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Genetic Engineering for Insect Resistance

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Part of the Focus on Biotechnology book series (FOBI,volume 10A)

Abstract

Legume crops are the most important source of vegetable proteins in the diet of people in the developing world, especially the Indian subcontinent. These crops are also responsible for nitrogen enrichment of soil through symbiosis with nitrogen fixing bacteria. Legumes have been qualitatively and quantitatively improved by conventional breeding over the past five decades. However resistance to several pests and diseases still remains elusive which is the major limiting factor for productivity. Excessive use of synthetic, organic insecticides resulted in the degradation of environment, adverse effect on human health and development of resistant insects. Recent advances in genetic engineering have clearly demonstrated the possibility of incorporating foreign genes for desired characters while preserving the existing traits of improved genotypes. Reduction in the consumption of insecticides is only possible by introducing the genes encoding insecticidal proteins such as 8-endotoxins of Bacillus thuringiensis (Bt), protease inhibitors, alpha-amylase inhibitors, lectins, enzymes such as chitinase and peroxidase. Genetically modified legume crops carrying insect resistance genes have been shown to exhibit considerable protection against the target insects. It is possible to incorporate the resistance against more than one insect pest in the transgenic plants through genetic engineering. This can be achieved by introducing fusion genes or multiple genes in combination encoding the insecticidal proteins which are toxic against a wide range of target pests. Development of resistance in insects is a possibility which can be circumvented or prevented by deploying suitable resistance management strategies. Such approaches include the usage of multiple toxins, crop rotation practices, high or ultra dosage of toxins and refugia. Use of 8-endotoxins of Bacillus thuringiensis in conjunction with other bioinsecticides in an IPM mode can drastically reduce the consumption of chemical pesticides and pave the way for safe and sustainable agriculture.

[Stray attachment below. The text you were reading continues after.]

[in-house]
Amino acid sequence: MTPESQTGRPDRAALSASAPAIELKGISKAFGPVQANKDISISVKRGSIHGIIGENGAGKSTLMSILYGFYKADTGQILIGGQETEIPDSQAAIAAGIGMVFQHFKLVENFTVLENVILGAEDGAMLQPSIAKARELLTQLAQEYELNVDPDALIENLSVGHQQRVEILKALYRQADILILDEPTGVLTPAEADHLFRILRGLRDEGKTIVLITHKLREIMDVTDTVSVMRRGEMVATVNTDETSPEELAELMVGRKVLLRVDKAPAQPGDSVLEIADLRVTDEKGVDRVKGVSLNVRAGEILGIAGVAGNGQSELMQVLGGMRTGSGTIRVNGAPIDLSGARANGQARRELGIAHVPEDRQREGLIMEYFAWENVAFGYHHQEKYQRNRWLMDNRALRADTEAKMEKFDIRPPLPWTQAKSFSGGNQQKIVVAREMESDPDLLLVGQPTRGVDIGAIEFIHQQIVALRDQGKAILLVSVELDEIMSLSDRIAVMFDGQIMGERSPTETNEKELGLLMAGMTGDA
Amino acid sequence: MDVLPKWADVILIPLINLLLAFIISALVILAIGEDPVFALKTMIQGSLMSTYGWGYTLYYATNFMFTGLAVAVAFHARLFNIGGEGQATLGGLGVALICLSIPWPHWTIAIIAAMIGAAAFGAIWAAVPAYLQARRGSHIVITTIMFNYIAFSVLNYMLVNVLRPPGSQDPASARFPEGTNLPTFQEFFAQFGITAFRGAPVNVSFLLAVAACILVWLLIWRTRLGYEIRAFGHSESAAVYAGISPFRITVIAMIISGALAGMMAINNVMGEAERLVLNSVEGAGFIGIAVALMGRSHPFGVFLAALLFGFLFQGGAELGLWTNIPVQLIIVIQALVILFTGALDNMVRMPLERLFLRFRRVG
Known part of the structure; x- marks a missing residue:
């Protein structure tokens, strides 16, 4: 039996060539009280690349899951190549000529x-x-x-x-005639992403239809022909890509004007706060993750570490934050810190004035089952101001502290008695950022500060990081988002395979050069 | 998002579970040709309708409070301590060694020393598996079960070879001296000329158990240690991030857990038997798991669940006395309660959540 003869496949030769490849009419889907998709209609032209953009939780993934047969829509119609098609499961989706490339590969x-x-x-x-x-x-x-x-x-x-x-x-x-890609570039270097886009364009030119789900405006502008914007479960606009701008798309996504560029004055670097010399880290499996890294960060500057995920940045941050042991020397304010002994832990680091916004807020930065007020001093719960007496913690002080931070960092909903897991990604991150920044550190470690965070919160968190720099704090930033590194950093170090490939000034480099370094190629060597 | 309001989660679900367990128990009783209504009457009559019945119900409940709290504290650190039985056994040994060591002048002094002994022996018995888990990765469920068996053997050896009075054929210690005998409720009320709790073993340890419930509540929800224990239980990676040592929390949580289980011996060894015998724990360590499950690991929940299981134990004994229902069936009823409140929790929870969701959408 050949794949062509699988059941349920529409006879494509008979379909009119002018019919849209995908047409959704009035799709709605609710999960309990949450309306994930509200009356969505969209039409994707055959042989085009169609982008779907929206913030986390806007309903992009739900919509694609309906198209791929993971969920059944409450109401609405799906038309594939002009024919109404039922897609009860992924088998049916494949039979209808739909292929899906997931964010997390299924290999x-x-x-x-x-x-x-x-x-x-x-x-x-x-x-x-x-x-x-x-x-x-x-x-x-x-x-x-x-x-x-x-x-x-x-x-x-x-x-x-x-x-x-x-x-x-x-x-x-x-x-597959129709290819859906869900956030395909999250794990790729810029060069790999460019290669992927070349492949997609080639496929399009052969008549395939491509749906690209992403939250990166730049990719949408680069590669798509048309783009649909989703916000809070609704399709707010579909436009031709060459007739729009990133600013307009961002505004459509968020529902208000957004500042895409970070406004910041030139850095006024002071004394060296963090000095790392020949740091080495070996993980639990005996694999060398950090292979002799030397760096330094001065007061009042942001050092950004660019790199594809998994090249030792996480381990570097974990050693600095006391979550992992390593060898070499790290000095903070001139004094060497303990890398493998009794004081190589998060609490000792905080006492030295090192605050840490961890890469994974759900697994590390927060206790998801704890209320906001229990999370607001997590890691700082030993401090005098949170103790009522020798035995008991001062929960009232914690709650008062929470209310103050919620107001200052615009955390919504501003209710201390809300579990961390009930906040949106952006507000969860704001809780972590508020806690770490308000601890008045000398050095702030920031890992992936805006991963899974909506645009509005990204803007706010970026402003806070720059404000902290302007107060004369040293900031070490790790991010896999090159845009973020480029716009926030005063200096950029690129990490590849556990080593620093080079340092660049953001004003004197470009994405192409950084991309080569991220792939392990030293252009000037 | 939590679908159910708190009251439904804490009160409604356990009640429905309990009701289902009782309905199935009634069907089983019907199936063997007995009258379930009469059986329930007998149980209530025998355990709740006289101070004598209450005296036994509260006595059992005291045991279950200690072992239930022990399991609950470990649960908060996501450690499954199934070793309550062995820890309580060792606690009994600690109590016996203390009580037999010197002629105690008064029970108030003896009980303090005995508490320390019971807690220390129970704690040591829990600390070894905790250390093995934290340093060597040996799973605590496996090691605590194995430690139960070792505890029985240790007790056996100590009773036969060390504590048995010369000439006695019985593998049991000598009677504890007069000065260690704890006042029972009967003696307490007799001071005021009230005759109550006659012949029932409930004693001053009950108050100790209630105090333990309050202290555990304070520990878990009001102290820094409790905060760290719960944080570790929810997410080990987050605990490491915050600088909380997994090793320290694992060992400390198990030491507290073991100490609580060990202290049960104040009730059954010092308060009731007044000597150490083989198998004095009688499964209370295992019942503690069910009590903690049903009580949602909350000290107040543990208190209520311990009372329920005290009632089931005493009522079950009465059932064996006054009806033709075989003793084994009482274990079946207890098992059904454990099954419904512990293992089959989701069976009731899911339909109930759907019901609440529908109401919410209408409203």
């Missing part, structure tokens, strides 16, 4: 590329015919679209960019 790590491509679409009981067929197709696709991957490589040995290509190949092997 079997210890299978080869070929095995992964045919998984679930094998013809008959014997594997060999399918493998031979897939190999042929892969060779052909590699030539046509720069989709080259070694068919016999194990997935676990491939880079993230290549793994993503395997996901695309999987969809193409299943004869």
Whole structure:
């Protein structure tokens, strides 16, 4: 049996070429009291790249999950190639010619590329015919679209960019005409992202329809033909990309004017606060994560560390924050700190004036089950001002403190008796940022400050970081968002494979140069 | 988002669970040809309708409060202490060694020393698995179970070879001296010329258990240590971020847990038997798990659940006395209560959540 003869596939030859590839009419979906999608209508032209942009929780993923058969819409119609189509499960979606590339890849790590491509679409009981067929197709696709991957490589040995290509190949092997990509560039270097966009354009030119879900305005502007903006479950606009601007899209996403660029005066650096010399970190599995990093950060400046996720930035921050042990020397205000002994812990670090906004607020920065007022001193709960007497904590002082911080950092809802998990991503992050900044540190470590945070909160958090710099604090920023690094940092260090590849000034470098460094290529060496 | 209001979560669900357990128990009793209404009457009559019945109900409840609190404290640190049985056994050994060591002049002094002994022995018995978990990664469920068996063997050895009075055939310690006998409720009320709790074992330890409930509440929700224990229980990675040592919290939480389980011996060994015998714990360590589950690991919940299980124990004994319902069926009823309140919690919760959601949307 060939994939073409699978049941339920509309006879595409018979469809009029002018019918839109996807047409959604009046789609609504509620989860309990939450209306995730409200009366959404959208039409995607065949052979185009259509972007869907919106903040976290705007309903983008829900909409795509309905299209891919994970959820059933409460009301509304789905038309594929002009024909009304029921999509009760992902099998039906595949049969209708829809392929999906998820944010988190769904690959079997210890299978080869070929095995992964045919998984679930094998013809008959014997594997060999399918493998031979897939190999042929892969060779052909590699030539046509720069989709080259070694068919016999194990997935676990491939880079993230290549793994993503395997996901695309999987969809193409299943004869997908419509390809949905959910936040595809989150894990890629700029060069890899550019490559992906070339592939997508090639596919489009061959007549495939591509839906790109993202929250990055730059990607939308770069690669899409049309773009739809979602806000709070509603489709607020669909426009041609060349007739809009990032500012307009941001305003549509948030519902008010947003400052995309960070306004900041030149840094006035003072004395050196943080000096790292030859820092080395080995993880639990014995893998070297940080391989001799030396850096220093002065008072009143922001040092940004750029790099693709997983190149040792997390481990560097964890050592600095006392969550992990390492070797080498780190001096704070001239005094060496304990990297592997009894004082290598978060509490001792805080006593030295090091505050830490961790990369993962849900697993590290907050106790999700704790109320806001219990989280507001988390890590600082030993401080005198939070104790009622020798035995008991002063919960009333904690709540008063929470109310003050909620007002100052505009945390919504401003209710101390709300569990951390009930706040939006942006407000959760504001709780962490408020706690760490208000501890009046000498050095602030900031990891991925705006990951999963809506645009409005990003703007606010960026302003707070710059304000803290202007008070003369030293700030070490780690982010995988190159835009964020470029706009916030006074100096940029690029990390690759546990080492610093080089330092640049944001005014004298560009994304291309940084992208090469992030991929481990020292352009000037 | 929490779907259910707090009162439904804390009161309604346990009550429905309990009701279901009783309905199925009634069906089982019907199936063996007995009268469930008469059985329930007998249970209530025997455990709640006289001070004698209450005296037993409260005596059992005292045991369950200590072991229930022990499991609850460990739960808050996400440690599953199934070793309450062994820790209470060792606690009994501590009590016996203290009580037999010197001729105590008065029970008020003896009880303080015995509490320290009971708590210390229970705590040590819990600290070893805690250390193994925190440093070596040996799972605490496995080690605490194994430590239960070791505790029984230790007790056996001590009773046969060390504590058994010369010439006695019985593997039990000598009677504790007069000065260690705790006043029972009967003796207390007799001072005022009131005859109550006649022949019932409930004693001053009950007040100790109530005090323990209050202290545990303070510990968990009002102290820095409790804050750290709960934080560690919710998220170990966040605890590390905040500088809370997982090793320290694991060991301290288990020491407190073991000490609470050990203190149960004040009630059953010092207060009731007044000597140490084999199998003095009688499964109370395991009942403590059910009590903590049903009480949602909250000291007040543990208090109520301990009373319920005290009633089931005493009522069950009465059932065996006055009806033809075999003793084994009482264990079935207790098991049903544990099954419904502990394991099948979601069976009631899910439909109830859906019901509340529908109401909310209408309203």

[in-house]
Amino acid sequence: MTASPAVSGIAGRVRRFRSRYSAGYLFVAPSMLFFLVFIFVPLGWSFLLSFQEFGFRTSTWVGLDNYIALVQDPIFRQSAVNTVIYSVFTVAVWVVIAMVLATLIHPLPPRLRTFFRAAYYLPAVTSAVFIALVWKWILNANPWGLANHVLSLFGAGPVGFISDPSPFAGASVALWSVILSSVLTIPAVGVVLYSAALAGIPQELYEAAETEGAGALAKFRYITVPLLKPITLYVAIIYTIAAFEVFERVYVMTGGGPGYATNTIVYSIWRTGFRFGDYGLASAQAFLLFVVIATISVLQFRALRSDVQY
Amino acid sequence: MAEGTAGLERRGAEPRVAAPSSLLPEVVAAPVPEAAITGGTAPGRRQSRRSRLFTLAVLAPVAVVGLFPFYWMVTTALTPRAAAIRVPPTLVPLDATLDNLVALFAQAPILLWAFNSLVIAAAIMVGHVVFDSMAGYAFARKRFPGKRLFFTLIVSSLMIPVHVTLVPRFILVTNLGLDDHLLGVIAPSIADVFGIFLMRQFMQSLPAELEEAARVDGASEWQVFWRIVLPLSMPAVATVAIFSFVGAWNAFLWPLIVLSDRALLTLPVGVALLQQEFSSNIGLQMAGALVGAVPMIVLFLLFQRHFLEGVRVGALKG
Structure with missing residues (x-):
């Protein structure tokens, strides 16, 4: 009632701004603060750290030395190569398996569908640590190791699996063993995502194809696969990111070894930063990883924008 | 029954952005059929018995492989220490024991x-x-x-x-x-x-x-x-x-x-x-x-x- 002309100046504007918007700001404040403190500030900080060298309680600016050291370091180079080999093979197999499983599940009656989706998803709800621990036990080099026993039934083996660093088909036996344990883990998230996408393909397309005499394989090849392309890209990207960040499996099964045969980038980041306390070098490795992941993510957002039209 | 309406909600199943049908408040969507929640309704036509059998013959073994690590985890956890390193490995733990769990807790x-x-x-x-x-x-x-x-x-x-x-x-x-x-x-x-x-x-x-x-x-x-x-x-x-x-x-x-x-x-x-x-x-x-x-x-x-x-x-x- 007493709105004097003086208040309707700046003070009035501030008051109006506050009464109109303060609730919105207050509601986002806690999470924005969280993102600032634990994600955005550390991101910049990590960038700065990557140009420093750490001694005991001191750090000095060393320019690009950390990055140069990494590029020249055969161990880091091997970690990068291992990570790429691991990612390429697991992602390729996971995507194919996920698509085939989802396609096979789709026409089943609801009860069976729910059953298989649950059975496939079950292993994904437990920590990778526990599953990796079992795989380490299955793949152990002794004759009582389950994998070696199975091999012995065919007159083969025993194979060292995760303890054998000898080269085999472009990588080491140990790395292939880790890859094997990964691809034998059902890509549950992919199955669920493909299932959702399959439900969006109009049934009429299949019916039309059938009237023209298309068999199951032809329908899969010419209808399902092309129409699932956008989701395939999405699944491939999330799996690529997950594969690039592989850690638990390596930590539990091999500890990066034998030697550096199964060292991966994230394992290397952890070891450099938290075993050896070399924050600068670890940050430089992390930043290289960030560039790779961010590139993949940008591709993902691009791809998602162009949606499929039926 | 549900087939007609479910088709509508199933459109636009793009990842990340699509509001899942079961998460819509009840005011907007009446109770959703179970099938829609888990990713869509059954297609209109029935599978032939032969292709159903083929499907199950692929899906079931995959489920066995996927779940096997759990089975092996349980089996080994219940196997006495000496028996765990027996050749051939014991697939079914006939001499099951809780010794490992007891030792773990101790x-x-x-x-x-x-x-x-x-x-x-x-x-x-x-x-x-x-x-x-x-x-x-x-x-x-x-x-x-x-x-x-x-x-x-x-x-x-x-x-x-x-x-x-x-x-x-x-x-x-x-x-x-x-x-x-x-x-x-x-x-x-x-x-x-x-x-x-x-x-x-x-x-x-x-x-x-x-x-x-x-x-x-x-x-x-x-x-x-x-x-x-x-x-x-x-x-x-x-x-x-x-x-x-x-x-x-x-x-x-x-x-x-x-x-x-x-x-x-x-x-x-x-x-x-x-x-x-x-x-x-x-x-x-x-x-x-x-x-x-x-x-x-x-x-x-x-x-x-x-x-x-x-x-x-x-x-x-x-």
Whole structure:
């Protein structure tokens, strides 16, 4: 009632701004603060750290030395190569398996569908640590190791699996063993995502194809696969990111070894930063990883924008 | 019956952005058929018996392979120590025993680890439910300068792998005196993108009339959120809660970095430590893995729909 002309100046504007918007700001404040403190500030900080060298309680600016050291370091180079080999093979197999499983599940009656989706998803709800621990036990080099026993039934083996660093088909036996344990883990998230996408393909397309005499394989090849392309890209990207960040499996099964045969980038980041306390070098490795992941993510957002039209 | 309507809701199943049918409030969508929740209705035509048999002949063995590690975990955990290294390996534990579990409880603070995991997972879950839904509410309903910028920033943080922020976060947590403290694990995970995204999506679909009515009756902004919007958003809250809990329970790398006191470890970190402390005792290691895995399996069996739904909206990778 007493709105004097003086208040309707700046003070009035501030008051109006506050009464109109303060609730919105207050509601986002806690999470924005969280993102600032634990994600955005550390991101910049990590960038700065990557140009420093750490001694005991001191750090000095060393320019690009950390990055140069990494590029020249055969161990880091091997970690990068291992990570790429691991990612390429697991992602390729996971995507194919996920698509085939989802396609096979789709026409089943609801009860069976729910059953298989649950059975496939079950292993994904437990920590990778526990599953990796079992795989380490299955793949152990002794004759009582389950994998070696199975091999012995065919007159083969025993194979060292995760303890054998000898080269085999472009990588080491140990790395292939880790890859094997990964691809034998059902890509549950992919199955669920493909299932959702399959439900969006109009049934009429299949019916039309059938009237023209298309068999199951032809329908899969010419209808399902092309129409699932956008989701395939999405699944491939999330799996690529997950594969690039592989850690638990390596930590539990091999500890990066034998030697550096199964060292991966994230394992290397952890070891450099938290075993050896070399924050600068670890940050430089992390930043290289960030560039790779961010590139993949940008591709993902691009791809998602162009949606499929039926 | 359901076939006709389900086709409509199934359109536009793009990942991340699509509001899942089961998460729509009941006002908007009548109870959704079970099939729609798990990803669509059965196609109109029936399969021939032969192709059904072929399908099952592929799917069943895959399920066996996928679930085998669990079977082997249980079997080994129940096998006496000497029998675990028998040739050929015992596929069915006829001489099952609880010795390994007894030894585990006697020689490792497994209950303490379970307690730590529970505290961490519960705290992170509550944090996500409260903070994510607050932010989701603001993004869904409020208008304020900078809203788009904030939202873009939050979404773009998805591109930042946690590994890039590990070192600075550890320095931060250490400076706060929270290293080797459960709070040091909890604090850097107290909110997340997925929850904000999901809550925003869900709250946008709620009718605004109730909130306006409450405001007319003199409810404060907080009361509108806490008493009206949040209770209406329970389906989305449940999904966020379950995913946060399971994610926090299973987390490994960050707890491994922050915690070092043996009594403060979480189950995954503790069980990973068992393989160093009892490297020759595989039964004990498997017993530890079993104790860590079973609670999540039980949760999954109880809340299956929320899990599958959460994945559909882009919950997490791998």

Keywords

  • Transgenic Plant
  • Bacillus Thuringiensis
  • Insect Resistance
  • Legume Crop
  • Insecticidal Protein

These keywords were added by machine and not by the authors. This process is experimental and the keywords may be updated as the learning algorithm improves.

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Jaiswal, R., Kumar, P.A. (2003). Genetic Engineering for Insect Resistance. In: Jaiwal, P.K., Singh, R.P. (eds) Improvement Strategies of Leguminosae Biotechnology. Focus on Biotechnology, vol 10A. Springer, Dordrecht. https://doi.org/10.1007/978-94-017-0109-9_11

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  • DOI: https://doi.org/10.1007/978-94-017-0109-9_11

  • Publisher Name: Springer, Dordrecht

  • Print ISBN: 978-90-481-6331-1

  • Online ISBN: 978-94-017-0109-9

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